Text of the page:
Some of the best campaigns have been grassroots movements that utilize traffic patterns or public spaces to advertise their message. Some of the first of these clever campaigns simply used bed sheets hung at dawn on overpasses to catch the L.A. traffic rush that often sees hundreds of thousands of commuters.
A few years ago, I served as editor and chief on a local forum that used guerrilla marketing techniques to reach our audience. One of these techniques was borrowed from a hobby called Car Casting whereby you basically created a tiny pirate radio station. It involved modifying a small FM transmitter that you could buy at any electronics store to broadcast your I-pod on to your car radio. I started looking a local laws to make sure I knew I was in compliance with the FCC (the signal had to be under 200 feet) and then I went to work soldering a much larger antenna and power source to the electronics. I was able to gain about 30% more range with a device that could fit in my pocket.
The result was I now had a device that could broadcast to the area around me. Effectively, with less than $50 in parts I could now broadcast whatever message I like to other cars, in a place of business or at sporting events. Today one could even mount the transmitter to a drone or a nearby building to gain further exposure.
Imagine sitting at a long red light in your car. Attached to the telephone pole is a cardboard sign that says, "Tune to 88.5 or Else!" (We can come up with the hook later). Curiosity gets the best of you and you do. On that same telephone pole is such a radio transmitter operated on a few batteries, broadcasting whatever message you want. Now imagine a very busy intersection and the thousands of people being reached inside their cars. That's pretty effective outreach.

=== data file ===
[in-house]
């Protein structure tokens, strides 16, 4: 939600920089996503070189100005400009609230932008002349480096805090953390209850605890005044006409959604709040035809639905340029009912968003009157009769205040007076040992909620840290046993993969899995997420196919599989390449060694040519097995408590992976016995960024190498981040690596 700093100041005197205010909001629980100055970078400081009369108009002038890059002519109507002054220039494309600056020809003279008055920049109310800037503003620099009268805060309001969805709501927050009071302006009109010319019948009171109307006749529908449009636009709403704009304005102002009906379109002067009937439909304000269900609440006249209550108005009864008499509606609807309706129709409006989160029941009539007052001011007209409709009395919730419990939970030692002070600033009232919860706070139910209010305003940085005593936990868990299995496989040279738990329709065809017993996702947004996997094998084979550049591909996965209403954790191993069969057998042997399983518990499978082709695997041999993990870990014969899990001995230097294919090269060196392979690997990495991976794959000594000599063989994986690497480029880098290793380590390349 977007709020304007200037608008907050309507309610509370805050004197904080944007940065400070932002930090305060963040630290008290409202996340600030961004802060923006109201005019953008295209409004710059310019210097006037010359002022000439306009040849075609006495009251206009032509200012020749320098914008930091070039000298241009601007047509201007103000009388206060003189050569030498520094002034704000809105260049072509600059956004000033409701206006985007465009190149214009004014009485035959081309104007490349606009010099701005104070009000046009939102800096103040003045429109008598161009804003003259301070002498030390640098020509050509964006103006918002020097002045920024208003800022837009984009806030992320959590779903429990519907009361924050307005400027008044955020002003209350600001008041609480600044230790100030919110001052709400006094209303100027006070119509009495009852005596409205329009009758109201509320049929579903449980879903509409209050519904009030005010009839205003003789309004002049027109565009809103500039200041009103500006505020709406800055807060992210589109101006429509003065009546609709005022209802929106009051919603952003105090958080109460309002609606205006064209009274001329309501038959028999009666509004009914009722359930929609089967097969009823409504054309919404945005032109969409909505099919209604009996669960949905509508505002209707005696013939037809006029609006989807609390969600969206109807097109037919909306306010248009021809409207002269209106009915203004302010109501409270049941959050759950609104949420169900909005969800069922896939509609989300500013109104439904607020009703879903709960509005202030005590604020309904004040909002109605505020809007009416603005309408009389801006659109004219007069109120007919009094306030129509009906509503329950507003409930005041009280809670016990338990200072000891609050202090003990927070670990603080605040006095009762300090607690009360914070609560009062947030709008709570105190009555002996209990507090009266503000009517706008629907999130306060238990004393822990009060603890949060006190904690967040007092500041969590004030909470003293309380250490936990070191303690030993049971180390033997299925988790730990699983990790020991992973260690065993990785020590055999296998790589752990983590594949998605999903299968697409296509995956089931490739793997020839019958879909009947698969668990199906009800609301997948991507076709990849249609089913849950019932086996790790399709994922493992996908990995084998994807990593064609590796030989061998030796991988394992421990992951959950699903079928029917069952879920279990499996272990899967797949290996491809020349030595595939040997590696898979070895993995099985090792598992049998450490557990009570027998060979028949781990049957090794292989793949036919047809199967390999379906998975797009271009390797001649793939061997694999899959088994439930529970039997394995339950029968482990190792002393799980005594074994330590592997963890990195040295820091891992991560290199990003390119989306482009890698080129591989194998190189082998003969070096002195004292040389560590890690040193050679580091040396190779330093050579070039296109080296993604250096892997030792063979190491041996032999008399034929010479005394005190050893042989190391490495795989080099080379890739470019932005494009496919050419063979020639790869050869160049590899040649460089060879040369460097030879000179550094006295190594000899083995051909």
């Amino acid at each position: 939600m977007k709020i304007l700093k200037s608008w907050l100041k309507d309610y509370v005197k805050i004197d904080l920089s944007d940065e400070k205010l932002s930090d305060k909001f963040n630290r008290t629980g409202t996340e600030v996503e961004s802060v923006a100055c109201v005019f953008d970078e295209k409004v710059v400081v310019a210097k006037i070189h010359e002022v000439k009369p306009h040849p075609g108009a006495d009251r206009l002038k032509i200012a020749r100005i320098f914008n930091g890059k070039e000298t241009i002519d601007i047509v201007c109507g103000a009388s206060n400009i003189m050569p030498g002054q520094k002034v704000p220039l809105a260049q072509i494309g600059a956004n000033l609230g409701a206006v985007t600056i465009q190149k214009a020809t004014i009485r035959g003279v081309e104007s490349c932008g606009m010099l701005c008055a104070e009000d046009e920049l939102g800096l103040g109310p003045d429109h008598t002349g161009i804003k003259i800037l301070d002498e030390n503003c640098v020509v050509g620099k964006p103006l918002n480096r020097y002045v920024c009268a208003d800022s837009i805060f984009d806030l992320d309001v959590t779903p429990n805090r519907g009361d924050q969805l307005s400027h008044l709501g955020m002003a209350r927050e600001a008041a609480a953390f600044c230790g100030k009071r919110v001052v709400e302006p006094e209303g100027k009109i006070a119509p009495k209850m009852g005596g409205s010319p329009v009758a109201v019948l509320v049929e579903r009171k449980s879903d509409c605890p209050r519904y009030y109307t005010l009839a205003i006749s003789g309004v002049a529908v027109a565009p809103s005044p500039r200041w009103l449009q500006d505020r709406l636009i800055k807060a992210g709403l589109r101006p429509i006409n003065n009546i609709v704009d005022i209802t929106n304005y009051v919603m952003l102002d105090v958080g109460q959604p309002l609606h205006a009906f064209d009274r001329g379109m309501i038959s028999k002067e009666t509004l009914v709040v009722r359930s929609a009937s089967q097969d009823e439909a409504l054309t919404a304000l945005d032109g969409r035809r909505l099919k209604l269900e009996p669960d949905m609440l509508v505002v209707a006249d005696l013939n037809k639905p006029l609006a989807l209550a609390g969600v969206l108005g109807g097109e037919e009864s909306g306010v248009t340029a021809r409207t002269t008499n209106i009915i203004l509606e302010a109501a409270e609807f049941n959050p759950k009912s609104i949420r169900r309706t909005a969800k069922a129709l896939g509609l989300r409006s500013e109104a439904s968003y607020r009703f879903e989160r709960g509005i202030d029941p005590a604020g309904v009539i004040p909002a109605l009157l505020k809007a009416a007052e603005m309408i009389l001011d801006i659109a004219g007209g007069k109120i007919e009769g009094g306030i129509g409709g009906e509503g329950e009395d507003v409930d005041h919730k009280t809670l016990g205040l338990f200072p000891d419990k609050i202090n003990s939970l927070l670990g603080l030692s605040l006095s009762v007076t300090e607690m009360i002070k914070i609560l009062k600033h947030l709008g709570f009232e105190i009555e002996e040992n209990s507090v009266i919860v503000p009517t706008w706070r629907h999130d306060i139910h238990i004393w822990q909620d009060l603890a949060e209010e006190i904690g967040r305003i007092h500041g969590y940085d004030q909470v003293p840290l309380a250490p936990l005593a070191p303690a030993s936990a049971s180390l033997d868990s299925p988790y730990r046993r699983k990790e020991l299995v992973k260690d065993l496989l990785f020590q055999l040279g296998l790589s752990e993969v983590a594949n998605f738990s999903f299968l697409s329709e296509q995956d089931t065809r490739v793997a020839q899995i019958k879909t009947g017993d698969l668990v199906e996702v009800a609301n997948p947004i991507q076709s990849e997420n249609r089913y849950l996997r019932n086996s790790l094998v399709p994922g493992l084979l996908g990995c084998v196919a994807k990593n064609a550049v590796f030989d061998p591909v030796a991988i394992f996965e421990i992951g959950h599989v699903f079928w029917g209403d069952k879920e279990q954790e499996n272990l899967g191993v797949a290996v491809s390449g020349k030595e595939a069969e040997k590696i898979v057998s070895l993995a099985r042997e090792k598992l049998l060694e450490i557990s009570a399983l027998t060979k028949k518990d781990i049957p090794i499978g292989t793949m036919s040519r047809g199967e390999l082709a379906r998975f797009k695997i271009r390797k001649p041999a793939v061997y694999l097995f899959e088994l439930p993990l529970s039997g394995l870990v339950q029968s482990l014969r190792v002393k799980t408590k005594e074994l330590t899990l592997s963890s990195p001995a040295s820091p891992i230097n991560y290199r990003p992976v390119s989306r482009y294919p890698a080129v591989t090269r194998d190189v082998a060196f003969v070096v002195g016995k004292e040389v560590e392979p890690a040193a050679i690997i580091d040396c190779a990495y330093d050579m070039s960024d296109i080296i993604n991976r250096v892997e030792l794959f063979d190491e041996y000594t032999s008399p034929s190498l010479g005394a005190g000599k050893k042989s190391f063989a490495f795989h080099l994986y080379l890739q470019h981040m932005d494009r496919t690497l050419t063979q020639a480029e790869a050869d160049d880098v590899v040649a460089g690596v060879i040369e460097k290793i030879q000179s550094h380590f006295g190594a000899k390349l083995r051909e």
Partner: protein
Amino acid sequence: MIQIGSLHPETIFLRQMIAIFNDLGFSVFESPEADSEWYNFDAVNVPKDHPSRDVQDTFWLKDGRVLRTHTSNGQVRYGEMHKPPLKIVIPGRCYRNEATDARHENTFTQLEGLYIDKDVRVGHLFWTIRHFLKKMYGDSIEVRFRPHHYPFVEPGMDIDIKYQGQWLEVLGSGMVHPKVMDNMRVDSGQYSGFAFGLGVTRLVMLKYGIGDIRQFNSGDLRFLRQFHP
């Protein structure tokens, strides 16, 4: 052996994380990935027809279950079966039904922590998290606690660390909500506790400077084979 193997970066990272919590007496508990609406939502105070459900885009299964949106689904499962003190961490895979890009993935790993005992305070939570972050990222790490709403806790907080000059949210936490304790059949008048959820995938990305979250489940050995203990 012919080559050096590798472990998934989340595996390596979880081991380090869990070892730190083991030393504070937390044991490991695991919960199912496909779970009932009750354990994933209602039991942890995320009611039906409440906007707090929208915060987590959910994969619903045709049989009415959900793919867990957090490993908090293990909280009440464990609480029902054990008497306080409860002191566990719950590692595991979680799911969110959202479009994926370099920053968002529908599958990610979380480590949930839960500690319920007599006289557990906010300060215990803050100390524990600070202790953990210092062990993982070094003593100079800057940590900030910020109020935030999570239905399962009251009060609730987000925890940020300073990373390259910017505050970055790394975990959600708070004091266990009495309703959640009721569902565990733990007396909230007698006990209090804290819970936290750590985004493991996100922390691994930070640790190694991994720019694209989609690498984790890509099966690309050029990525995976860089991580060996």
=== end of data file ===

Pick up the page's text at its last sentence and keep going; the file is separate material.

Today, it's even easier as you can purchase ready made FM transmitters for Christmas displays.It's all completely legal too, as long as you don't broadcast too far.
This isn't unheard of either. Companies today are tying into technology such as wifi and celluar signals, especially at events gathering data and promoting their messages. That free-wifi you just connected to is a perfect opportunity for people like myself to advertise to you on a splash page and/or track your web surfing habits. Just remember that the next time you walk into Walmart (or the London Underground for my British audience) and agree to their terms of service for their wifi, that this is why they're doing it. It's a marketing platform that is also driving huge amounts of data for them to use in future marketing efforts.
While there's always a place for direct relationships on social media, sometimes what gives a campaign a creative advantage is the ability to think outside the box and build a broader set of tools where you're in control of the data instead of these large social media companies.